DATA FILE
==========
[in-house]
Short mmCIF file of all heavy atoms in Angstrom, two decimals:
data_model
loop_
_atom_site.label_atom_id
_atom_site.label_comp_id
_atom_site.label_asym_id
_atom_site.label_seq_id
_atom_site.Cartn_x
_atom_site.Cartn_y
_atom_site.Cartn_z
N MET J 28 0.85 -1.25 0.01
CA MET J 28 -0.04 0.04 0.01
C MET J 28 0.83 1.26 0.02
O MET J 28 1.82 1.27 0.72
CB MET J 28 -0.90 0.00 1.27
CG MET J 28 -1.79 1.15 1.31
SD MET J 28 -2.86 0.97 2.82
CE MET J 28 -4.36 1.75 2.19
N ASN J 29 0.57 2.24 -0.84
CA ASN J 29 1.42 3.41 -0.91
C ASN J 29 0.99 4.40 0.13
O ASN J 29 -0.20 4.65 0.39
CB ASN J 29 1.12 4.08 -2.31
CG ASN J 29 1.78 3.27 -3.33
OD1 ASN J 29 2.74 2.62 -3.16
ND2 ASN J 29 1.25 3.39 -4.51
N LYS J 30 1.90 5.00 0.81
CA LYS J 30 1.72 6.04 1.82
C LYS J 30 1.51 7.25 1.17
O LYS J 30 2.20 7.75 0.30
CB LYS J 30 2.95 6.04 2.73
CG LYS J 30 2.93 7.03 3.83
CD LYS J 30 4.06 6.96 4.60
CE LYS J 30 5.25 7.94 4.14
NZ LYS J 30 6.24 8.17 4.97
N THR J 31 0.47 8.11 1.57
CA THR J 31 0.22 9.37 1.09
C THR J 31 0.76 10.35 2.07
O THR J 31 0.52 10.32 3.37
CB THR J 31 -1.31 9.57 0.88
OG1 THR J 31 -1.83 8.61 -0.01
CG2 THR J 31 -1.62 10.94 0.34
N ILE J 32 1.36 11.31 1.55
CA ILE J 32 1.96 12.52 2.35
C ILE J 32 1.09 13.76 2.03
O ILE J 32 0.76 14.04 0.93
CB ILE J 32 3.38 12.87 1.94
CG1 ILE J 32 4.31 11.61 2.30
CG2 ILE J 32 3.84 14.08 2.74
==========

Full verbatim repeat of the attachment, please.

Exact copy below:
[in-house]
Short mmCIF file of all heavy atoms in Angstrom, two decimals:
data_model
loop_
_atom_site.label_atom_id
_atom_site.label_comp_id
_atom_site.label_asym_id
_atom_site.label_seq_id
_atom_site.Cartn_x
_atom_site.Cartn_y
_atom_site.Cartn_z
N MET J 28 0.85 -1.25 0.01
CA MET J 28 -0.04 0.04 0.01
C MET J 28 0.83 1.26 0.02
O MET J 28 1.82 1.27 0.72
CB MET J 28 -0.90 0.00 1.27
CG MET J 28 -1.79 1.15 1.31
SD MET J 28 -2.86 0.97 2.82
CE MET J 28 -4.36 1.75 2.19
N ASN J 29 0.57 2.24 -0.84
CA ASN J 29 1.42 3.41 -0.91
C ASN J 29 0.99 4.40 0.13
O ASN J 29 -0.20 4.65 0.39
CB ASN J 29 1.12 4.08 -2.31
CG ASN J 29 1.78 3.27 -3.33
OD1 ASN J 29 2.74 2.62 -3.16
ND2 ASN J 29 1.25 3.39 -4.51
N LYS J 30 1.90 5.00 0.81
CA LYS J 30 1.72 6.04 1.82
C LYS J 30 1.51 7.25 1.17
O LYS J 30 2.20 7.75 0.30
CB LYS J 30 2.95 6.04 2.73
CG LYS J 30 2.93 7.03 3.83
CD LYS J 30 4.06 6.96 4.60
CE LYS J 30 5.25 7.94 4.14
NZ LYS J 30 6.24 8.17 4.97
N THR J 31 0.47 8.11 1.57
CA THR J 31 0.22 9.37 1.09
C THR J 31 0.76 10.35 2.07
O THR J 31 0.52 10.32 3.37
CB THR J 31 -1.31 9.57 0.88
OG1 THR J 31 -1.83 8.61 -0.01
CG2 THR J 31 -1.62 10.94 0.34
N ILE J 32 1.36 11.31 1.55
CA ILE J 32 1.96 12.52 2.35
C ILE J 32 1.09 13.76 2.03
O ILE J 32 0.76 14.04 0.93
CB ILE J 32 3.38 12.87 1.94
CG1 ILE J 32 4.31 11.61 2.30
CG2 ILE J 32 3.84 14.08 2.74